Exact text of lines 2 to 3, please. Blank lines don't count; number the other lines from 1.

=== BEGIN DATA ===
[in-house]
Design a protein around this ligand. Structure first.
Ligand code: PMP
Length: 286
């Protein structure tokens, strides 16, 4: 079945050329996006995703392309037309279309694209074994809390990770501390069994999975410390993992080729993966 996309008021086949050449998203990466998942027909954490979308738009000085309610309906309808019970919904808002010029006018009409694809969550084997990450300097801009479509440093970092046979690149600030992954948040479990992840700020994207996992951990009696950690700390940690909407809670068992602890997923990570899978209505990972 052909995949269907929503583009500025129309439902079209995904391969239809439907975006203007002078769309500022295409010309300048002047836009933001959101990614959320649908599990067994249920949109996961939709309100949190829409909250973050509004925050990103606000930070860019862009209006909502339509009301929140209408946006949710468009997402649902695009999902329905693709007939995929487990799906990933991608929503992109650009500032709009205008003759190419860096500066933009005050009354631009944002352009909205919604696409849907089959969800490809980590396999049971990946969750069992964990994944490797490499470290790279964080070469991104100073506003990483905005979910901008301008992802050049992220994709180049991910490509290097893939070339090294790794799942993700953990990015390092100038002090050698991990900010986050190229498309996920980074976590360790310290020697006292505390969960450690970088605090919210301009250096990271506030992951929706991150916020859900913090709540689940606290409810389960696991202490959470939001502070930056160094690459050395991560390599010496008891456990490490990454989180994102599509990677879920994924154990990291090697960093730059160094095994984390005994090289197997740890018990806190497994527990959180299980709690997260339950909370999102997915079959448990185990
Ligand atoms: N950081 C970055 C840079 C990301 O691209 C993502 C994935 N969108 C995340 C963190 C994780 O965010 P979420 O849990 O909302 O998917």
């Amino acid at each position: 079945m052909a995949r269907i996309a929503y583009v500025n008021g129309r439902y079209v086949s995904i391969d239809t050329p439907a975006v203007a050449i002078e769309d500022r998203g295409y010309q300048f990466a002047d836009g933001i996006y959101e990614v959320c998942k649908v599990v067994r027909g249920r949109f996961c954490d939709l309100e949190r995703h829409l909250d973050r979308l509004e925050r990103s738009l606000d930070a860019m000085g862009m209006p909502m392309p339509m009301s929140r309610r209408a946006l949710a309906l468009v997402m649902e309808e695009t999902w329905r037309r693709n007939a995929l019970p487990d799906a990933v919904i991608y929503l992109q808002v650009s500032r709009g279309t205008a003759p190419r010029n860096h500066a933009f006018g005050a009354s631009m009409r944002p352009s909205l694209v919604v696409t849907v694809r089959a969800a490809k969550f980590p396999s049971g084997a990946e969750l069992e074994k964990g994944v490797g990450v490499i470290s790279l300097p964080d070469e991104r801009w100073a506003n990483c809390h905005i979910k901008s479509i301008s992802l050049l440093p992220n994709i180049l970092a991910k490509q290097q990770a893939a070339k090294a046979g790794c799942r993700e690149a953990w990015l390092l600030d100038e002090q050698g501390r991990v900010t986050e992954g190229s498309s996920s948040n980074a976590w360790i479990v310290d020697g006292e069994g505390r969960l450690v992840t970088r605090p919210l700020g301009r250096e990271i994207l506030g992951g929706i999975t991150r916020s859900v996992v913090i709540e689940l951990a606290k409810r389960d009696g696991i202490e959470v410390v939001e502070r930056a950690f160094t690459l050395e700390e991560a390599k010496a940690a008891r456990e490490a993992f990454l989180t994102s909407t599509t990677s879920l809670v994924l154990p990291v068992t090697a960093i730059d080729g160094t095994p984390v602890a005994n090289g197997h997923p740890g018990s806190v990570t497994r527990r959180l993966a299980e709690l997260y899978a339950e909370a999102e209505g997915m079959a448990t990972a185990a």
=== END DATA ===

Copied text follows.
Design a protein around this ligand. Structure first.
Ligand code: PMP